In the latest example of the puzzles and paradoxes coming from China’s top leadership on the question of information openness, the vice-minister of China’s State Council Information Office — the office taking the lead in expanding censorship of the Chinese internet — told China Central Television late last week that local leaders were “naive” in trying to suppress negative news. [IMAGE: Screenshot of CCTV Website coverage of Wang Guoqing appearance].


Appearing on a CCTV talk show on July 13, Wang Guoqing said some government offices were “relatively naive” in “covering up” negative news and preventing media reporting. Addressing the recent Shanxi Kiln Affair, the official said that if local officials had revealed the truth to begin with, “I think the public would have understood, and there wouldn’t have been the kind of irrational expressions on the Internet that we saw later.”
Covering up negative news, Wang said, had become a matter of custom for many local government offices.
However, as CMP revealed last week, the Information Office has moved to more tightly control speech on the Web in the run-up to the 17th Party Congress, expected to be held in September this year.
Web censors issued an order recently saying “[Websites must] intensify public opinion guidance and management on the Internet of the Shanxi Kiln Affair … regularly release positive and authoritative information, and regularly report information about related people receiving medical treatment and being safely relocated, leading to favorable online public opinion.”
A separate order said reports other than official ones “must not be given prominent positioning (不上头条), be placed in top news sections, allow Web postings (跟帖), or be given links to special sections [devoted to coverage of the story].” Websites, it said, must “severely monitor forums, blogs, instant information and other interactive forms, and immediately delete extreme language and harmful or bad information.”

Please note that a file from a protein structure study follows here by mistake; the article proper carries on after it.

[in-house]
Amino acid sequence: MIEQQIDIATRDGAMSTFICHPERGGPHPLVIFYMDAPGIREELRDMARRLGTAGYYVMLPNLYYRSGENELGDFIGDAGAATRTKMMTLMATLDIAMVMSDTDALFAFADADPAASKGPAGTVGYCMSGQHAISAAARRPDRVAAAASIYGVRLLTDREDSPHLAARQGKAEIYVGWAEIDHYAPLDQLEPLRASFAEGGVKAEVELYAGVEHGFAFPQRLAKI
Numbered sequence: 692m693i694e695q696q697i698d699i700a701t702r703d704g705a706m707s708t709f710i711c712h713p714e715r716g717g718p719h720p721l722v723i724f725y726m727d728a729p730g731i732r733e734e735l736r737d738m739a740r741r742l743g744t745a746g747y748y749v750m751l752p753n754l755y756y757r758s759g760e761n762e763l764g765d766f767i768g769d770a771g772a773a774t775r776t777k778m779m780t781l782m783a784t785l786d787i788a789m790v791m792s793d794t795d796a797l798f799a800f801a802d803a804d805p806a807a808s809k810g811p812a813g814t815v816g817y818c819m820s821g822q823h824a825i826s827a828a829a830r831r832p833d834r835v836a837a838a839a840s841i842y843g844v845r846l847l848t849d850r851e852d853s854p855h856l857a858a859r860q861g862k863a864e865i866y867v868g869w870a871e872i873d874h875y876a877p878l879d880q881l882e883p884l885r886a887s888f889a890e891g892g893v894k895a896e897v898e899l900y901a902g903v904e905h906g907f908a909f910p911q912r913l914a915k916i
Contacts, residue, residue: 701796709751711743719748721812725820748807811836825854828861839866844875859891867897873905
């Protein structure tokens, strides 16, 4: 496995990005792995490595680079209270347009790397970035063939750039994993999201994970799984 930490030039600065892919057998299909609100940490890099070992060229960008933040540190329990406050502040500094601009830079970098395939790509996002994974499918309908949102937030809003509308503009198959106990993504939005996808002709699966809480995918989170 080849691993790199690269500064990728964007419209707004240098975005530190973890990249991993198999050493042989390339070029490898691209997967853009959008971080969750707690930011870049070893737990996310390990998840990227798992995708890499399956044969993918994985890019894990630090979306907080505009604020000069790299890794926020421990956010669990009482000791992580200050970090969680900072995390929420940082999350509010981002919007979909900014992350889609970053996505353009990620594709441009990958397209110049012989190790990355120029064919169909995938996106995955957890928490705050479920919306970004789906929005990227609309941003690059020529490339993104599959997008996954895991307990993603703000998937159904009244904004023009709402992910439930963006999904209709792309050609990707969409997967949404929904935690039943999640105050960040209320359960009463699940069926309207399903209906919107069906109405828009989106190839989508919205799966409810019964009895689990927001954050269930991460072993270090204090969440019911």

The story of Wang Guoqing’s CCTV appearance, reported last Sunday by Beijing Youth Daily and The Beijing News, became a favorite topic of newspaper editorials yesterday. In an editorial posted on, Sun Lizhong (孙立忠) generally agreed with Wang’s calling the cover-up of negative news “naive”, but said a number of conditions had to be met before officials were politically disincentivized to keep bad news under wraps:
Much of what is called negative news actually has positive value, and has special importance for safeguarding justice and fairness, improving the system, etcetera. To report such matters is to display the functional strength of watchdog journalism (舆论监督). At the same time, a lot of so-called negative news that “touches on the vital interests of citizens, legal persons or other organizations”, “requiring the widespread knowledge or participation of society” is also the sort of government information the government is required to take the initiative in making public under the “National Ordinance on Release of Government Information” [recently passed and due to take effect in May 2008].
Effectively implementing the law on information release is of course necessary, but relying solely on this is not enough. We also have an urgent need to set up protections for watchdog journalism by setting down and perfecting a press law and other legal systems, allowing the media to thoroughly exercise watchdog journalism. We also need to strenthen the supervisory roles of the People’s Congress and Chinese People’s Political Consultative Congress. Once the “cover up of negative news” is discovered, the People’s Congress and CPPCC representatives who speak on behalf of the people should work fast to make inquiries, find out who is responsible, recall [officials] and [employ] other means to ensure those responsible are taken to account.
Only when those [systemic issues] that need to be perfected have been perfected will “covering up” of negative news truly become a “naive” action.

[Posted by David Bandurski, July 17, 2006,12:15pm]

David Bandurski

CMP Director

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